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Activity of 9-nitro-camptothecin, an oral topoisomerase I inhibitor, in myelodysplastic syndrome and chronic myelomonocytic leukemia
Article first published online: 5 SEP 2006
Copyright © 2006 American Cancer Society
Volume 107, Issue 7, pages 1525–1529, 1 October 2006
How to Cite
Quintas-Cardama, A., Kantarjian, H., O'Brien, S., Jabbour, E., Giles, F., Ravandi, F., Faderl, S., Pierce, S., Shan, J., Verstovsek, S. and Cortes, J. (2006), Activity of 9-nitro-camptothecin, an oral topoisomerase I inhibitor, in myelodysplastic syndrome and chronic myelomonocytic leukemia. Cancer, 107: 1525–1529. doi: 10.1002/cncr.22186
- Issue published online: 18 SEP 2006
- Article first published online: 5 SEP 2006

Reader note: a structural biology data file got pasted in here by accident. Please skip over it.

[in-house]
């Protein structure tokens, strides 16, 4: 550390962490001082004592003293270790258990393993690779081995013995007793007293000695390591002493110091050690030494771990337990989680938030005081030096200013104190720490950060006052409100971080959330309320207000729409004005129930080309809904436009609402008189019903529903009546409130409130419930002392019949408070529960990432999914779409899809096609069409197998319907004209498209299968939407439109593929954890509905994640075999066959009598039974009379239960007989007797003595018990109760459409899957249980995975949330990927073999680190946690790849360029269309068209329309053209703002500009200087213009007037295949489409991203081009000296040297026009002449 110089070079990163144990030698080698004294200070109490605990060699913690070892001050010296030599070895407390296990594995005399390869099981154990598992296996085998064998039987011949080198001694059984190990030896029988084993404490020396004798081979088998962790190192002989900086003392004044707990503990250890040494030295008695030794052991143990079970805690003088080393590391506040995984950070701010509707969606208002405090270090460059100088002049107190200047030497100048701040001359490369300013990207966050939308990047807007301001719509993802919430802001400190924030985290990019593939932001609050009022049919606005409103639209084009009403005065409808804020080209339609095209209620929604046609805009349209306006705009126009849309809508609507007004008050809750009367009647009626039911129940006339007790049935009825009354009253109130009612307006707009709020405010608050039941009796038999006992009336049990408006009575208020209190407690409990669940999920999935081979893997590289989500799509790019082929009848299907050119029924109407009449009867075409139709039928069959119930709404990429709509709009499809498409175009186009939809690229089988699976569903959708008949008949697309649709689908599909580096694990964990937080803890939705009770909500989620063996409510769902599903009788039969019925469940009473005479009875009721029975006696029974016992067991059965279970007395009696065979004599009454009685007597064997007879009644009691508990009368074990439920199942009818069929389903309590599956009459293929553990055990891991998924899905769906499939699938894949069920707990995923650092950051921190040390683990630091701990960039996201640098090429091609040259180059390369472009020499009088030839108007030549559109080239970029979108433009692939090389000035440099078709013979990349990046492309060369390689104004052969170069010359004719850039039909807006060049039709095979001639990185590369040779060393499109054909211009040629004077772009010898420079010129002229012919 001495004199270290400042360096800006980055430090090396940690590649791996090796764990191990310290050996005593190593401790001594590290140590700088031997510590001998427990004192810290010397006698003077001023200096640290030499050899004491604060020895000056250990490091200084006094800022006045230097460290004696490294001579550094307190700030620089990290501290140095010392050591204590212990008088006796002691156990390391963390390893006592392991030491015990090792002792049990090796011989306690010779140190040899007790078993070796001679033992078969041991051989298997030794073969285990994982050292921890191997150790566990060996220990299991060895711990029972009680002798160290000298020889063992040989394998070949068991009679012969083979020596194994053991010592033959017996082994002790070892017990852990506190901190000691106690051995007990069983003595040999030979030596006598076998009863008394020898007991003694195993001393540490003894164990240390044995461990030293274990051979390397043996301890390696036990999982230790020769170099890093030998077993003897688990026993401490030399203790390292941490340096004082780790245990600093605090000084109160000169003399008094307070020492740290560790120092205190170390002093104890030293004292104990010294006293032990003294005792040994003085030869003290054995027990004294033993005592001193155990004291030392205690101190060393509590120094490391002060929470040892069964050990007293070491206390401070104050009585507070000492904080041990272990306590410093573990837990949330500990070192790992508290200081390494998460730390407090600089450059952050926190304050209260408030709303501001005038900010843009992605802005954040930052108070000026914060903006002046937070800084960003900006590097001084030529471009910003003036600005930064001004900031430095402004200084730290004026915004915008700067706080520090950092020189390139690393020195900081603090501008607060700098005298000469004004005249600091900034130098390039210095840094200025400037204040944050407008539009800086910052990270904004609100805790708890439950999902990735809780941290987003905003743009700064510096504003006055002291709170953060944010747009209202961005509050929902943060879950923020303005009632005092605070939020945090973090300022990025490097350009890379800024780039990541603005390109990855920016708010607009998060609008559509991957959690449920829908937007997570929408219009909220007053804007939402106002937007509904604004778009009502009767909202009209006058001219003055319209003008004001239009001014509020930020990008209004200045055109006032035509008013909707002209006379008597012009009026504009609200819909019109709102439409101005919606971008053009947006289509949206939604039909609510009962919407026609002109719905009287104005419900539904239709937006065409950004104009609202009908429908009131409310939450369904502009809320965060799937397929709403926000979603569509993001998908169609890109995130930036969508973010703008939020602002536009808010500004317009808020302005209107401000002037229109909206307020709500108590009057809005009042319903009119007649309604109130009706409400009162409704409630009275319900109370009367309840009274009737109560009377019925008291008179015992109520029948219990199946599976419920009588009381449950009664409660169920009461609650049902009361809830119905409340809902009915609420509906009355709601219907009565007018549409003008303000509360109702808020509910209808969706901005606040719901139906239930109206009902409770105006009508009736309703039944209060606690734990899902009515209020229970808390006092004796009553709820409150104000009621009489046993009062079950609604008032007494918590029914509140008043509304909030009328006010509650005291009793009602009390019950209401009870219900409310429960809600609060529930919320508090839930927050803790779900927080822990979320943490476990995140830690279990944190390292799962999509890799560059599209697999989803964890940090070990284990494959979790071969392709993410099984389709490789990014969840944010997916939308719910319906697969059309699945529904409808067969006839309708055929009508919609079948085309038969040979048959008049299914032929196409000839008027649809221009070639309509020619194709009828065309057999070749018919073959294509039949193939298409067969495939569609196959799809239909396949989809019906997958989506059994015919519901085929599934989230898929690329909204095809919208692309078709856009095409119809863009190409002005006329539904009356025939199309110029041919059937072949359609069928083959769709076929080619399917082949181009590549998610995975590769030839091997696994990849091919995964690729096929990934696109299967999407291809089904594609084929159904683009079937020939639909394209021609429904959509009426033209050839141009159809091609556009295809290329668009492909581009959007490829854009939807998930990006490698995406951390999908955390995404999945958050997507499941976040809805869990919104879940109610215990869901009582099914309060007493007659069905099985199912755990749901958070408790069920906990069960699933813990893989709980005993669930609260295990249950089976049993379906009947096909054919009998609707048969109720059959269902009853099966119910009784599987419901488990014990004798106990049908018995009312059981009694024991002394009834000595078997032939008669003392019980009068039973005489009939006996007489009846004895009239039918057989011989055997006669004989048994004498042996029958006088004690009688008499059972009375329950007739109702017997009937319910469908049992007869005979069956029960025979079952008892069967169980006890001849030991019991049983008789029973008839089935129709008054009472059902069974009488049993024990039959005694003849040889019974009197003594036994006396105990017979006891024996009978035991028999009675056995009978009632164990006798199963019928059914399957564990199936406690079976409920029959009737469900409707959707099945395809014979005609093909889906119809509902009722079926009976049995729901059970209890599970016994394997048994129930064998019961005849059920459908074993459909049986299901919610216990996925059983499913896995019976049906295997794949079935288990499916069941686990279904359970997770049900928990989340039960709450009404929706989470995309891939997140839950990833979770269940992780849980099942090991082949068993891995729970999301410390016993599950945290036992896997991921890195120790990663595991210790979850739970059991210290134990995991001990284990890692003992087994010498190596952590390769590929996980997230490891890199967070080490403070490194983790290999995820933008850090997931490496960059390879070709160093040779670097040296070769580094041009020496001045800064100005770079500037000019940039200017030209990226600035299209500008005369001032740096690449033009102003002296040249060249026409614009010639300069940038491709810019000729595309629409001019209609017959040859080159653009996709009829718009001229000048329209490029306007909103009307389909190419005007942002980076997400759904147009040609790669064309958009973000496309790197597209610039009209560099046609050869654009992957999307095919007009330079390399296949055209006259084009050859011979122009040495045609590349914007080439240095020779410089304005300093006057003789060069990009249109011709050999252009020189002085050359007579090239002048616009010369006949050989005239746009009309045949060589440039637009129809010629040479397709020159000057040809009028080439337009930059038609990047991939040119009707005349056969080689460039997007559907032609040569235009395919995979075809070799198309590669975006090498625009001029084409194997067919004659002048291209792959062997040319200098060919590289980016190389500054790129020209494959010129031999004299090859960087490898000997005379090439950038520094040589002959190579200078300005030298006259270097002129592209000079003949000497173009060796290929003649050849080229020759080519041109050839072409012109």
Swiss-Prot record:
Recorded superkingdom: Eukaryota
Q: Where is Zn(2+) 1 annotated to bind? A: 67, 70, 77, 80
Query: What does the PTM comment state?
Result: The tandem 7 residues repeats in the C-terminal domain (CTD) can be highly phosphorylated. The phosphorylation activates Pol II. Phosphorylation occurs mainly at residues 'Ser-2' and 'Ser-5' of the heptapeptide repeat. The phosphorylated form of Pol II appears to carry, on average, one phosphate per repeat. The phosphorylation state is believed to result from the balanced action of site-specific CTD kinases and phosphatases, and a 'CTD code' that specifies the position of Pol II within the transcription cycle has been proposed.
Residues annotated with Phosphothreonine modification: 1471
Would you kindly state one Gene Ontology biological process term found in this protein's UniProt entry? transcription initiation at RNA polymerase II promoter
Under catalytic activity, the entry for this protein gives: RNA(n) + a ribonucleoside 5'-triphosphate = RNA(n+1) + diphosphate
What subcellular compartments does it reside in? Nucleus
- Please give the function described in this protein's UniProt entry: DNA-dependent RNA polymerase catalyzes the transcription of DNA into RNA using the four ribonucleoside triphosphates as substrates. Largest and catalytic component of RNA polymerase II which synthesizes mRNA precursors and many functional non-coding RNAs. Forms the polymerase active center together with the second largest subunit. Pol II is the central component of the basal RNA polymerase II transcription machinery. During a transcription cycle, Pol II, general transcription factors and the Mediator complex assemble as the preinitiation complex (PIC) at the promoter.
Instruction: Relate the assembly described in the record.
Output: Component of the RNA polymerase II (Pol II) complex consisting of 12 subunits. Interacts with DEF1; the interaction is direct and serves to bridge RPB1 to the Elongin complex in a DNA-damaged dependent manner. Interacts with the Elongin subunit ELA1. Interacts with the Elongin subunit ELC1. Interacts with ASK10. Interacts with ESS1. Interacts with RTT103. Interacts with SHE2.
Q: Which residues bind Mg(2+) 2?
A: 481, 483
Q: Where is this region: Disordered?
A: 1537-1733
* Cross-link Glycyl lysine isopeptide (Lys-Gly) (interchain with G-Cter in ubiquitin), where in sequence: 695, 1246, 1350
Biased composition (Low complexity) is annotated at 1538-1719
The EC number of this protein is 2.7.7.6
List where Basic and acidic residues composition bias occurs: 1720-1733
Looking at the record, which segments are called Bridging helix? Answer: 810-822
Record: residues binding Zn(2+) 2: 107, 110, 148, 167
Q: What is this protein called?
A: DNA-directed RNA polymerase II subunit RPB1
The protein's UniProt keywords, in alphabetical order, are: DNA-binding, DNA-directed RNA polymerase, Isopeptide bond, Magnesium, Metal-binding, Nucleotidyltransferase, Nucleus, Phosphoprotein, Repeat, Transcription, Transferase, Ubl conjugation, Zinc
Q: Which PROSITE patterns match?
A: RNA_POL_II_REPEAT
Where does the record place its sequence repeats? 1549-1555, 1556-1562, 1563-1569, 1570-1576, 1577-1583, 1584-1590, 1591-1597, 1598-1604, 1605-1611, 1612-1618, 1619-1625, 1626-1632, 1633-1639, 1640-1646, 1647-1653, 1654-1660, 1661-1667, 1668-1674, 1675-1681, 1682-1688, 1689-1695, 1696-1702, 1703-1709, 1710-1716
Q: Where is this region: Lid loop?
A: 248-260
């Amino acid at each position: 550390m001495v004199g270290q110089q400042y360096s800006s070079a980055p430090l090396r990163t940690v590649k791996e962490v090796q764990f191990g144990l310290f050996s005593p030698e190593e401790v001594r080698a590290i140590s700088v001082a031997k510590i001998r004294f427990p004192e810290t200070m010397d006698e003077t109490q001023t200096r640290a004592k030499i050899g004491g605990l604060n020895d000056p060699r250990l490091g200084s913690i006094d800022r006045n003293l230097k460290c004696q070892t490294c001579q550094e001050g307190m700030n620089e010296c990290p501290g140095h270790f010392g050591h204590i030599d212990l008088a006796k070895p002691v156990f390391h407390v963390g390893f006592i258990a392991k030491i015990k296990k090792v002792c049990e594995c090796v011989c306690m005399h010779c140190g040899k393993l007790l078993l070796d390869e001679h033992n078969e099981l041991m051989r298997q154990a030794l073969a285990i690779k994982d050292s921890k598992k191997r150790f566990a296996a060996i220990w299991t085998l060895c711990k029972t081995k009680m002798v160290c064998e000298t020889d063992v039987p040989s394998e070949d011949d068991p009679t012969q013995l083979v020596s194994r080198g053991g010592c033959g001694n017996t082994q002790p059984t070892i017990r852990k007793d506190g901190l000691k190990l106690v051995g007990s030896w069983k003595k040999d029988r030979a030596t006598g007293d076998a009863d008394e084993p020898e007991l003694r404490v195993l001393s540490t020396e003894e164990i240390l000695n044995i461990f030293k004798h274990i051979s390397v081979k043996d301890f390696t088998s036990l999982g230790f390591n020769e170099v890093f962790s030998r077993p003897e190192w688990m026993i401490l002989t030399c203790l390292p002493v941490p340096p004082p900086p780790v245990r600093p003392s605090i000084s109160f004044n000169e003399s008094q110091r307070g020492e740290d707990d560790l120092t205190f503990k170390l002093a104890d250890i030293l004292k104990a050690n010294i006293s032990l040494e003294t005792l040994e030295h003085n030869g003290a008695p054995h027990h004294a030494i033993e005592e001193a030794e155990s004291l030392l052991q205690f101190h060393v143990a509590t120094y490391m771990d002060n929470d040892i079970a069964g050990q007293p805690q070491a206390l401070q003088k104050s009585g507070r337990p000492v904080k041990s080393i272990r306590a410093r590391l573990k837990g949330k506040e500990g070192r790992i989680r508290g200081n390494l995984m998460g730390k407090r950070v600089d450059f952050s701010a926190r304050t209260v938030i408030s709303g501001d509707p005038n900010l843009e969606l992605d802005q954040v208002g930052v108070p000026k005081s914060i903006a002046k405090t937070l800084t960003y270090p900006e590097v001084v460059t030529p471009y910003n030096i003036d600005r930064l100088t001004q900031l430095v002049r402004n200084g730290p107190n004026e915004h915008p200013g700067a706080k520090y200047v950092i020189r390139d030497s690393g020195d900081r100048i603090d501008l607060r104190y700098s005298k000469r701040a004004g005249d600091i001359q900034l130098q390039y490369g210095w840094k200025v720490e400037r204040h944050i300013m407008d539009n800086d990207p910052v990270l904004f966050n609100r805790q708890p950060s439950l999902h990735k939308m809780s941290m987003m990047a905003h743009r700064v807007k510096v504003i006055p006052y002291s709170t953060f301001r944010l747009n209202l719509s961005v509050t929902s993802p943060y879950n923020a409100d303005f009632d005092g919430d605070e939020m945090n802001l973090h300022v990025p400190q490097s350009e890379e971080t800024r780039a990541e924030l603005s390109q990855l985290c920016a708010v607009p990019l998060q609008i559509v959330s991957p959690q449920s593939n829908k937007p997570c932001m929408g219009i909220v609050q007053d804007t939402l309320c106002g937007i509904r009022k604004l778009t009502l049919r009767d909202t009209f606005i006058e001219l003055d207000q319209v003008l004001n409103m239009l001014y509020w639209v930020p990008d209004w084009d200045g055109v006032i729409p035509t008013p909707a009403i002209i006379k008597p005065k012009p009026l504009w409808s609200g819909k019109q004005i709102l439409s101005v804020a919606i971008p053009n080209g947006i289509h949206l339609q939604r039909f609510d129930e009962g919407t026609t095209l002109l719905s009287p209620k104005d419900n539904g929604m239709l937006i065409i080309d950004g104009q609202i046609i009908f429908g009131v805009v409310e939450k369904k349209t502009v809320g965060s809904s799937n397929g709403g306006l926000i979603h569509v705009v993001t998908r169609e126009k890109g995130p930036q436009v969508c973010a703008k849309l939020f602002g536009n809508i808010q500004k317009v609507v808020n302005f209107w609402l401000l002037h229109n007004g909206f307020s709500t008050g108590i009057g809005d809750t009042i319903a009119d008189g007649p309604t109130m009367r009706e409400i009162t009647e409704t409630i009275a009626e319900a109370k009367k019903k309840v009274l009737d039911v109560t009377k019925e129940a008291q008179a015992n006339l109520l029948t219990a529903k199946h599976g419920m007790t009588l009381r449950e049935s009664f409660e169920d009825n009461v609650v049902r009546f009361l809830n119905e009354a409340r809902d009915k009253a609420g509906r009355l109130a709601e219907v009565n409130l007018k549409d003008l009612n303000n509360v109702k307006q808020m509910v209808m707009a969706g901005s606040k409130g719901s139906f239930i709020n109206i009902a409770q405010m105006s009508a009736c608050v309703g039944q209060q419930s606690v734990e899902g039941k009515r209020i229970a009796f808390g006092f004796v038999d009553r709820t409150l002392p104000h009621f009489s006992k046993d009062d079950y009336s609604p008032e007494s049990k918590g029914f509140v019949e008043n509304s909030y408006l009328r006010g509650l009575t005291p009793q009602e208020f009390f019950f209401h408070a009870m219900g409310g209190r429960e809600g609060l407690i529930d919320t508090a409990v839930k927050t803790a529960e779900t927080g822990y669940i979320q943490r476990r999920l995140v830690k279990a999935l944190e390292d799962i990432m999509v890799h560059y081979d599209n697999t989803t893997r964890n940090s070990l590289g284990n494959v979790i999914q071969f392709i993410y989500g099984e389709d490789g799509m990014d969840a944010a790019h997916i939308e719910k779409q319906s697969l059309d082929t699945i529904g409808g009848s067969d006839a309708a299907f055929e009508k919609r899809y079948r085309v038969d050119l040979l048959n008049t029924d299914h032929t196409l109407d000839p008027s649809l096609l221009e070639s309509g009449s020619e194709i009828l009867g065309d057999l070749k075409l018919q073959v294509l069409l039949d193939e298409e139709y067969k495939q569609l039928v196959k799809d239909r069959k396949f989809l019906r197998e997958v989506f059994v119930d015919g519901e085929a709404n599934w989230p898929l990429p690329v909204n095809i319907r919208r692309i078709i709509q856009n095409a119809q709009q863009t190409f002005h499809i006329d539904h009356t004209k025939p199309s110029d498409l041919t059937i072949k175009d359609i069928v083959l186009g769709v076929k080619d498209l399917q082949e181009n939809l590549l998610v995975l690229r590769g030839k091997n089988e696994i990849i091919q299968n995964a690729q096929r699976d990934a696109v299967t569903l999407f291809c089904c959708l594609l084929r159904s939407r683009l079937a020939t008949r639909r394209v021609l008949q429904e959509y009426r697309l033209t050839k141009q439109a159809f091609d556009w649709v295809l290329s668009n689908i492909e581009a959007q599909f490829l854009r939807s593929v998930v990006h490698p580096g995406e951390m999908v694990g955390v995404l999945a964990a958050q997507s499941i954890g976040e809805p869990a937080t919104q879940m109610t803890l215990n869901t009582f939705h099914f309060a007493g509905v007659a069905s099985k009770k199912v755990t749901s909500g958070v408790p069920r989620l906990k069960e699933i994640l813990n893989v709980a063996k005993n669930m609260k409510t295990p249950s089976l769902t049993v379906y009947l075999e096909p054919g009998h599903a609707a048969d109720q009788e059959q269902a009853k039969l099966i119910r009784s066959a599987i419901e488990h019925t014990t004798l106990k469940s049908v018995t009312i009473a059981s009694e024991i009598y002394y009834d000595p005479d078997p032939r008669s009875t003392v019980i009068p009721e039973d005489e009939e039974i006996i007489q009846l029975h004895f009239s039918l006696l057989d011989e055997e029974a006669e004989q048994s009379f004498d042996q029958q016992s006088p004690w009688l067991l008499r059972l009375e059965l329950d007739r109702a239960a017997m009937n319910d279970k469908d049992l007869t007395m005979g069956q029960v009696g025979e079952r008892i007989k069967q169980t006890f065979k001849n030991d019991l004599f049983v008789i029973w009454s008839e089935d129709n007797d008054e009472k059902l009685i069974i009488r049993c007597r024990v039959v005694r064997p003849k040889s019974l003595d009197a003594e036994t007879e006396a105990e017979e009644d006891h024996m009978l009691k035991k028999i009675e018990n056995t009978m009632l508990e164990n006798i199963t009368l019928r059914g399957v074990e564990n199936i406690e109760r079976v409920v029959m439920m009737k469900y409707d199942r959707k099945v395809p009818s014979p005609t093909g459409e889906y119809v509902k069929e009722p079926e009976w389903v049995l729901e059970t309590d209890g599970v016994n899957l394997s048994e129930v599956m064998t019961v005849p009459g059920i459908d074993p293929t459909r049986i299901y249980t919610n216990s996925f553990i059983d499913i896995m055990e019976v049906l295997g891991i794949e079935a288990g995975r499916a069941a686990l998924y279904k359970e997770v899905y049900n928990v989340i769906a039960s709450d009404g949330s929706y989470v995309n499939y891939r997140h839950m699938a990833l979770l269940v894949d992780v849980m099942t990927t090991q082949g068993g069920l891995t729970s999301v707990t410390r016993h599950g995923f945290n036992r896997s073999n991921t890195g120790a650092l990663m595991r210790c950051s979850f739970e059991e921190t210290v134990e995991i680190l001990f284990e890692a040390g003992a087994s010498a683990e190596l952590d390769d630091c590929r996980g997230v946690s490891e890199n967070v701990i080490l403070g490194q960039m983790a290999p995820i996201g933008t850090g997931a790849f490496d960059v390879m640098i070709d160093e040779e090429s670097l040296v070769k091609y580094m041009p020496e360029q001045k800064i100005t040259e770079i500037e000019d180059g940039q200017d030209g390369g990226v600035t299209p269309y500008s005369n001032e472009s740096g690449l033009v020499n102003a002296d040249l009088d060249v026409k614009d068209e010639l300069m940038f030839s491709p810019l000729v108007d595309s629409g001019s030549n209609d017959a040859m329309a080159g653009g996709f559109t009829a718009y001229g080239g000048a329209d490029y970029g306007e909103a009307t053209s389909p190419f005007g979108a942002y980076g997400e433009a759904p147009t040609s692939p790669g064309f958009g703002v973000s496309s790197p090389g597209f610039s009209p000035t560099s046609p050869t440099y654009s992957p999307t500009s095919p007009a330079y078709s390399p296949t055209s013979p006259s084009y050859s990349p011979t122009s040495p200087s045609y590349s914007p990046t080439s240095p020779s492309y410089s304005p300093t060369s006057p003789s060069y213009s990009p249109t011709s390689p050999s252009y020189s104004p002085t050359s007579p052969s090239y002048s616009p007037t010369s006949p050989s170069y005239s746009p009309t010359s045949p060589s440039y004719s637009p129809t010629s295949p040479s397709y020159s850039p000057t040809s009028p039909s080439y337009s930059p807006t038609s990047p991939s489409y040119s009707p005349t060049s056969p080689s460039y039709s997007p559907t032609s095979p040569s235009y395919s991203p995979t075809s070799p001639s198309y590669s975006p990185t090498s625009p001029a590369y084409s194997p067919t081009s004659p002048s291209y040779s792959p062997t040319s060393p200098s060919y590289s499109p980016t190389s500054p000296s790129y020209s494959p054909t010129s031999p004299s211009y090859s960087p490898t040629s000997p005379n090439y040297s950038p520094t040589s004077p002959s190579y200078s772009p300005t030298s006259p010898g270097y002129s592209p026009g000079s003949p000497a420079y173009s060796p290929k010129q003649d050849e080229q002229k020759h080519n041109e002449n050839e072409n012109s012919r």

- Manuscript Accepted: 16 JUN 2006
- Manuscript Revised: 9 JUN 2006
- Manuscript Received: 3 APR 2006
- Supergen (Duarte, CA)
- chronic myelomonocytic leukemia;
- myelodysplastic syndrome;
Topoisomerase I inhibitors, like topotecan, have activity in myelodysplastic syndrome (MDS) and chronic myelomonocytic leukemia (CMML). 9-Nitro-camptothecin (9-NC) is a new oral topoisomerase inhibitor with a good safety profile. The aims of the current study were to evaluate the activity and safety of 9-NC in MDS and CMML.
Adults with a diagnosis of MDS (n = 12) and CMML (n = 32) received 9-NC 2 mg/m2 orally daily 5 days a week, every 4 to 6 weeks.
Overall, 5 (11%) patients achieved complete response (CR), 7 (16%) had a partial response (PR), and 6 (14%) had hematologic improvement (HI), for an overall response rate of 41%. The response rate was similar in MDS and CMML. Severe (Grade 3–4) side effects included nausea and vomiting (7%), diarrhea (18%), other gastrointestinal toxicities (5%), and genitourinary toxicities (12%).
9-NC is active in MDS and CMML. The paucity of available therapies in CMML makes 9-NC a good candidate for further studies as a single agent, or in combination with decitabine, 5-azacitidine or cytarabine. Cancer 2006. © 2006 American Cancer Society.